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Discussion Starter · #1 · (Edited)
Anyone running around on their bikes who has a bad back? I know I'm not running a heavier bike like a lot of you are, but my stock seat etc gives about zero shock absorbtion. It rides like there's no springs. My disk in my lower back is gone so I need to soften the ride. I was thinking one of the pillow style seats might give enough cushion or what have others done to resolve the problem? I sure don't want to give up the bike, so I'm hoping others have had successful cures. I run a '01 Sportster 883 XLH, Thanks
 

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I've had a bad back for years and understand your problem.
The best thing for a bad back and riding is 1) Posture 2) back support (back rest)
The flex in your suspension can not help much. Besides, if you try to get a really soft suspension thinking it will make riding easier on you, you'll end up with a big surprise when you bottom out the first time on a hard bump/hole.

Try different seats & handle bar combinations and add a back rest for longer rides. It's a search for a personal combination that will help, not solve, your back pain when riding.

Good luck
 

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There have been several posts on the seat issue now and in the past.
Mustang seats with the back rest are rated very good as are the Saddleman with 6-8 inch seat back support. The Saddleman tends to sit lower and closer so that could be good or bad depending how you fit your bike. If seat height is not an issue then there seems to be more in favor of the Mustang with back support. If cost is no problem then a custom built is hard to beat.
However, as stated earlier, posture is very important. Back exercises can also help a bad disc by building the muscles and giving the disc more muscle support. If you can get to a major rally, you could try several seats to see which if any seem to help your back.
 

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My back has seen better days. I have the HD Pillow seat with the backrest and I have had no problems with it. Like the others have said...emphasis on posture. I think my combination is condusive to good posture.

YB
 

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Discussion Starter · #5 ·
I appreciate the replies, as the back tells me about the riding in just a few city blocks. I am ordering some buckhorn handle bars tomorrow to make it more comfortable to ride by bringing the handle bars back so I can sit straighter. I went for a ride this afternoon, just a couple of miles, and my legs are still tingling from the ride. Those of you with nerves being hammered by jarring action know what I mean :)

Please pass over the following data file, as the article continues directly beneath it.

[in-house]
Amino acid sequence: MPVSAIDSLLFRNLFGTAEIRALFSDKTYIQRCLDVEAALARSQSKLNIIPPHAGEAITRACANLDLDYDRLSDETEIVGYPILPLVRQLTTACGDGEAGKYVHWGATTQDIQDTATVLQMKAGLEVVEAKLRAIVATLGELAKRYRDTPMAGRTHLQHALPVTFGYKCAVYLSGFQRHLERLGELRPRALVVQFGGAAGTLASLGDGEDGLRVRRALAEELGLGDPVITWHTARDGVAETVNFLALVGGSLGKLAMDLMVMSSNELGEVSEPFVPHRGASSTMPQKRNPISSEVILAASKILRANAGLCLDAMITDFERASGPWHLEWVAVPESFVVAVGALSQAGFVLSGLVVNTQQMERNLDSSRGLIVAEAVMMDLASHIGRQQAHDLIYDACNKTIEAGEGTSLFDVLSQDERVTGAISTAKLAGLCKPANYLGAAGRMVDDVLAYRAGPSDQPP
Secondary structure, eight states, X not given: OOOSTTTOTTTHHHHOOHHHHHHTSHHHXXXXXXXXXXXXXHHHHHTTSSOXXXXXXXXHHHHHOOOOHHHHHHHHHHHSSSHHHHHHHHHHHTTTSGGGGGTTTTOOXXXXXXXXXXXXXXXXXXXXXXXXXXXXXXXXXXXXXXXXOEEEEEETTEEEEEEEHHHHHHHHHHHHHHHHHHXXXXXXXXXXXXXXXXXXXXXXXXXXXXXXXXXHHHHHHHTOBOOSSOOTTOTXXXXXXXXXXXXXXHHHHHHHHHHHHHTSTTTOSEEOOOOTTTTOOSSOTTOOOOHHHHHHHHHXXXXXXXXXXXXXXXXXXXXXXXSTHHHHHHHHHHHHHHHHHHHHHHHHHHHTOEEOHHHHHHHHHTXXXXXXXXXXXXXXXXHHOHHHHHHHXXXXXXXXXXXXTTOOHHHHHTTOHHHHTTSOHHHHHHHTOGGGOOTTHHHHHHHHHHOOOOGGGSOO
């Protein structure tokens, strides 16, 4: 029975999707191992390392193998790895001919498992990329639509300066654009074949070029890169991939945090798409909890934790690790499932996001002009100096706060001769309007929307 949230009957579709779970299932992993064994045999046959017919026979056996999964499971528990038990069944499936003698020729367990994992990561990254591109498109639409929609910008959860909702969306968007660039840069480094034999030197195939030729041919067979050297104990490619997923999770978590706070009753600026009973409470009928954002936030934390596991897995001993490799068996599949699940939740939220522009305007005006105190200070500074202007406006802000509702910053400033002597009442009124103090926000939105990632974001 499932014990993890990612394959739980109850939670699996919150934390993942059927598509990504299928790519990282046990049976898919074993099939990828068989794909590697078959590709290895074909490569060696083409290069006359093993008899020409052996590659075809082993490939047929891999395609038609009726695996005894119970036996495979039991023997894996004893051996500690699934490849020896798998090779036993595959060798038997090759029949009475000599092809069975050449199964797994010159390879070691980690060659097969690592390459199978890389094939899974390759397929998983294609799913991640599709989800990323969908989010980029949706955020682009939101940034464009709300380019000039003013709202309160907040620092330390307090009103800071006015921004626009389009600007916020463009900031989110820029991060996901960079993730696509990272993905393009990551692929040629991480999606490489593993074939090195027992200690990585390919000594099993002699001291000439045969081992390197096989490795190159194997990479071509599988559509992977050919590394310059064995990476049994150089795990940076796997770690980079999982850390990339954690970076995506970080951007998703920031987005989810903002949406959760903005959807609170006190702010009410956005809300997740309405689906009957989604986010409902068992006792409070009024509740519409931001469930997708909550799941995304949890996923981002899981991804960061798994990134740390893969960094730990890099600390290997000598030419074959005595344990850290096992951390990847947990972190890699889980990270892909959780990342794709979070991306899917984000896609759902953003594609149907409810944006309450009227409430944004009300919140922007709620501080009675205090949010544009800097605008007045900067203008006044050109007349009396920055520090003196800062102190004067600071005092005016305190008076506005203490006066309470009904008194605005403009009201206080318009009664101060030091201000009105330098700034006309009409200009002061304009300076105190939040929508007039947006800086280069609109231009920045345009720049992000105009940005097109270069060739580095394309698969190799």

I wish money was no object but unfortunately it is, so I have to pretty well stay with pre-made seats. The Sportster acts like a hardtail, maybe the springs are to stiff?

Thanks for the help.
 

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I got an 05 RKC, which comes with a stock seat that makes a good torture device. I have a Corbin Dual Tourer on it now, and couldn't be happier. My back is pretty much shot too, and this seat is better than anything I've ridden (on a motorcycle!) in 30 years. Corbin is also willing to work with you on padding, profile, etc, if you need extra help. The best part of it is, every time I get on that bike the seat just seems to get a little better. Looking forward to see what it'll feel like after 30,000 miles or so.
 

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Discussion Starter · #7 ·
I liked the dual tourer from the start, but have always heard how stiff they were. I need something that is reasonably comfortable from almost the get-go, so have stayed away. You mentioned Corbin would work with a person with extra padding etc; all I would need to do is call them or did you special order it through a discount place?
 

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I also think you need a different bike. The 883 is light and stiff. A touring bike would probably suit your needs better.

Good luck,

YB
 

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Discussion Starter · #9 ·
You're probably right, the larger ones sit really nice. They are to heavy for me to move around; the Sportster is about all I want to wrestle when it's not running. I was told to get a Honda or Yamaha, both nice bikes, but I still wanted a Harley. The Sportster might be to small for me, but it seems to work o.k. if I can get the ride improved.